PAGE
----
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  1. #1

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    Sewing a channel with middle exit

    I don't know why I can't picture this but is there a guide or tutorial that shows how to sew a clean channel that has a middle exit. I want to use it for the top of my top quilt to access it when I am sleeping.

    Thanks ahead.

  2. #2
    aboyd's Avatar
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    If you are trying to cinch up the top around the shoulders, I just used a regular channel with a cord lock on one end of the shock cord threaded through the channel and stitched the other end of the cord in place. I tried to do the center opening, but never got it. If I am off base, please ignore.
    "I will study and get ready, and perhaps my chance will come." - Abraham Lincoln

  3. #3
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    You would have to sew a button hole, reinforcing patch (to burn a hole in), place a grommet, etc. before sewing the rolled hem channel. To make the channel, fold the fabric over twice and stitch near the inner edge.

    With a TQ snapped behind your neck, it would be difficult to access a draw cord exiting the end and I wouldn't want a cordlock under my neck anyway.

  4. #4
    MAD777's Avatar
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    Perhaps the best way to get a professional looking result, would be to see a channel onto the quilt, using a completely separate piece of fabric. Actually I'm picturing two separate pieces. One for the left half and one for the right half. Fold the ends of these pieces and sew them so that you have a finished look to what will become the outside. When you sell them onto the hem of the quilt, leave a small gap for the cord and cordkock to exit.

    That's how I would do it at least. I'm sure there are better ways.
    Mike
    "Life is a Project!"

  5. #5
    bartlax4's Avatar
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    I do it like gmcttr said. Sew in a reinforced button hole before the final fold. This isn't in the middle per se, but I think it gives a good idea. I put the same kind of button hole like this above the footbox of my quilts about 22 inches up the side from the foot.

    4yKY6uOl.jpg
    Jared

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  6. #6
    MAD777's Avatar
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    I like gmcttr's simple method also
    Mike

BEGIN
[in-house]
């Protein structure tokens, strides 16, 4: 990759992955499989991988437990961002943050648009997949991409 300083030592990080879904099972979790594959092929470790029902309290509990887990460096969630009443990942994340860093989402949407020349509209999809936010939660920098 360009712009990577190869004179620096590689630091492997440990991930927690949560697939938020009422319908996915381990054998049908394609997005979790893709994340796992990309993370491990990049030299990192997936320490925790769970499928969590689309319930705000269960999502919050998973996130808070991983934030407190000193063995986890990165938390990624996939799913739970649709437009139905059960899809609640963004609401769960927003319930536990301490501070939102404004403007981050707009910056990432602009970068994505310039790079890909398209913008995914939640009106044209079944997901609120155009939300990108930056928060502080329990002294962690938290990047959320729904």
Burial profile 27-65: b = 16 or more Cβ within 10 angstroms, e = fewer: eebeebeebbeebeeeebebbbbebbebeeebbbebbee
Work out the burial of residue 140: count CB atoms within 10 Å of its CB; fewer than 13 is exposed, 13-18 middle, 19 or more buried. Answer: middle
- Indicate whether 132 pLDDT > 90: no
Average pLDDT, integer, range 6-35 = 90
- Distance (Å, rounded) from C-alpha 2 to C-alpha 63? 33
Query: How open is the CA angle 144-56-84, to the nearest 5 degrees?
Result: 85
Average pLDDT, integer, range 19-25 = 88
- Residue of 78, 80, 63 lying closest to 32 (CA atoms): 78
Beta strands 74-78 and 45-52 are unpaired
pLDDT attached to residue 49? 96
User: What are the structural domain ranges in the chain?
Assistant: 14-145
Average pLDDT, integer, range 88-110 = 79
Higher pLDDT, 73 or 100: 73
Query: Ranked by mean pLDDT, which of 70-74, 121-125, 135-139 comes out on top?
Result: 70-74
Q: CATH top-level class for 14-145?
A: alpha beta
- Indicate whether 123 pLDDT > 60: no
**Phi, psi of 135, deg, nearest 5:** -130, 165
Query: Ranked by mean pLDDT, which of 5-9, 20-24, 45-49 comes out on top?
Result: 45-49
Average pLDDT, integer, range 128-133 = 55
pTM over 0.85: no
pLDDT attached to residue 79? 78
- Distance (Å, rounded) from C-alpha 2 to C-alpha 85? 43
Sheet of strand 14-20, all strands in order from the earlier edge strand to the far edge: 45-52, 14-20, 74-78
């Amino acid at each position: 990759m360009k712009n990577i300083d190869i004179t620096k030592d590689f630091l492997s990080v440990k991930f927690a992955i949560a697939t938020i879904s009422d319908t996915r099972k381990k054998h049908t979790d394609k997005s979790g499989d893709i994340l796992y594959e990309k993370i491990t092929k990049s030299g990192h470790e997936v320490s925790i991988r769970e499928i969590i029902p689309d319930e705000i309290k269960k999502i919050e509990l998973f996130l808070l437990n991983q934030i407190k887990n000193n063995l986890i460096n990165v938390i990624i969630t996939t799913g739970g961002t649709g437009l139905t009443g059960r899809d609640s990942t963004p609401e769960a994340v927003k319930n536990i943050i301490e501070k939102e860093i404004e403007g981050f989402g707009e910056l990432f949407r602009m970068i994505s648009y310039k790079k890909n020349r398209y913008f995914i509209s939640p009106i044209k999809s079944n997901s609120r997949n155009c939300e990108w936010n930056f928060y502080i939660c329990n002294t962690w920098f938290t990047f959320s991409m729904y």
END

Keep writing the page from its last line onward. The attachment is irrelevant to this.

"Life is a Project!"

  7. #7

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    Looks like it's time to mock some up! I've gotta learn the button hole but I'm sure I can do it.

  8. #8
    Vincethebutcher's Avatar
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    Button hole is easy. There is an attachment for the machine and it sews all the way around and then you just cut the middle open for the hole. I recently got my button holer working on my machine. Its kind of great, you just set it all up and you dont even have to hold it, just sit back and watch it all be done.

    Quote Originally Posted by Michael View Post
    Looks like it's time to mock some up! I've gotta learn the button hole but I'm sure I can do it.

  9. #9
    sr1355's Avatar
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    Reinforced button hole is the way to go, hem the quilt then before you roll the channel add a reinforced button hole in the location you want it. Remember to allow for channel rolling and proper placement of button hole after channel is rolled either on the inside of the quilt or the outside of the quilt. After several thousand button holes we've learned a few things to do to ensure a long life and min thread fray.
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  10. #10
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    Most machine made non-commercial buttonholes benefit from going around stitching twice. No matter how high the stitch setting, I've found that the twice around method gives the buttonhole enough stitching to last forever. Once around and I get little pieces of fabric thread wearing through in fairly short order.

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